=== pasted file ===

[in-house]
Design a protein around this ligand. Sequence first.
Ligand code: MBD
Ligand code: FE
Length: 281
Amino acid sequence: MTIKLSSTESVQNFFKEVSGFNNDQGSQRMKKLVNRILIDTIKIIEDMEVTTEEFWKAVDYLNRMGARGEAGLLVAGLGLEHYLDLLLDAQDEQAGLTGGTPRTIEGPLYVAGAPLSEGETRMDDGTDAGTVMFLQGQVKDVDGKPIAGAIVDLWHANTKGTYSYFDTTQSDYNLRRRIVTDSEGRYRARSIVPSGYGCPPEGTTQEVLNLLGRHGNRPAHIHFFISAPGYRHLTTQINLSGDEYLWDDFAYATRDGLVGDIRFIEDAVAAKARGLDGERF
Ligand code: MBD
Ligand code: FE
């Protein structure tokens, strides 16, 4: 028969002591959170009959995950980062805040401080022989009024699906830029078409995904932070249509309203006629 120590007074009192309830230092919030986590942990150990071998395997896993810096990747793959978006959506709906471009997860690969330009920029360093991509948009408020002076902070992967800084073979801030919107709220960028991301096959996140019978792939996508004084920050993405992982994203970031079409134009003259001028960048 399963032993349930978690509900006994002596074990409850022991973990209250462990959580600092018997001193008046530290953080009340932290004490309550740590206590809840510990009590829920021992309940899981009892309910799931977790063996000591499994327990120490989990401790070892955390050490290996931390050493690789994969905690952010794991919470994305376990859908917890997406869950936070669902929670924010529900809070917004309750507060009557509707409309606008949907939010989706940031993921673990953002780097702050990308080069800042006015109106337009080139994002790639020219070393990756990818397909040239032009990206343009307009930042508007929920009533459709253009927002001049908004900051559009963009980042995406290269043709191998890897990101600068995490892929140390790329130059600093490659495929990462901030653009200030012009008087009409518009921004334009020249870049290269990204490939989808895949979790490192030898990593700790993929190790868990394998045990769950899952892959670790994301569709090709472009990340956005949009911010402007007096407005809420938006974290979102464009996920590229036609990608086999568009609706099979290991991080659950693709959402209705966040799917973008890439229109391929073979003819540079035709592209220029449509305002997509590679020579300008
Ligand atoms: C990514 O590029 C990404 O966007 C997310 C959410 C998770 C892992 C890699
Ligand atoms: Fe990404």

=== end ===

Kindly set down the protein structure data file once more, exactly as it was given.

[in-house]
Design a protein around this ligand. Sequence first.
Ligand code: MBD
Ligand code: FE
Length: 281
Amino acid sequence: MTIKLSSTESVQNFFKEVSGFNNDQGSQRMKKLVNRILIDTIKIIEDMEVTTEEFWKAVDYLNRMGARGEAGLLVAGLGLEHYLDLLLDAQDEQAGLTGGTPRTIEGPLYVAGAPLSEGETRMDDGTDAGTVMFLQGQVKDVDGKPIAGAIVDLWHANTKGTYSYFDTTQSDYNLRRRIVTDSEGRYRARSIVPSGYGCPPEGTTQEVLNLLGRHGNRPAHIHFFISAPGYRHLTTQINLSGDEYLWDDFAYATRDGLVGDIRFIEDAVAAKARGLDGERF
Ligand code: MBD
Ligand code: FE
């Protein structure tokens, strides 16, 4: 028969002591959170009959995950980062805040401080022989009024699906830029078409995904932070249509309203006629 120590007074009192309830230092919030986590942990150990071998395997896993810096990747793959978006959506709906471009997860690969330009920029360093991509948009408020002076902070992967800084073979801030919107709220960028991301096959996140019978792939996508004084920050993405992982994203970031079409134009003259001028960048 399963032993349930978690509900006994002596074990409850022991973990209250462990959580600092018997001193008046530290953080009340932290004490309550740590206590809840510990009590829920021992309940899981009892309910799931977790063996000591499994327990120490989990401790070892955390050490290996931390050493690789994969905690952010794991919470994305376990859908917890997406869950936070669902929670924010529900809070917004309750507060009557509707409309606008949907939010989706940031993921673990953002780097702050990308080069800042006015109106337009080139994002790639020219070393990756990818397909040239032009990206343009307009930042508007929920009533459709253009927002001049908004900051559009963009980042995406290269043709191998890897990101600068995490892929140390790329130059600093490659495929990462901030653009200030012009008087009409518009921004334009020249870049290269990204490939989808895949979790490192030898990593700790993929190790868990394998045990769950899952892959670790994301569709090709472009990340956005949009911010402007007096407005809420938006974290979102464009996920590229036609990608086999568009609706099979290991991080659950693709959402209705966040799917973008890439229109391929073979003819540079035709592209220029449509305002997509590679020579300008
Ligand atoms: C990514 O590029 C990404 O966007 C997310 C959410 C998770 C892992 C890699
Ligand atoms: Fe990404």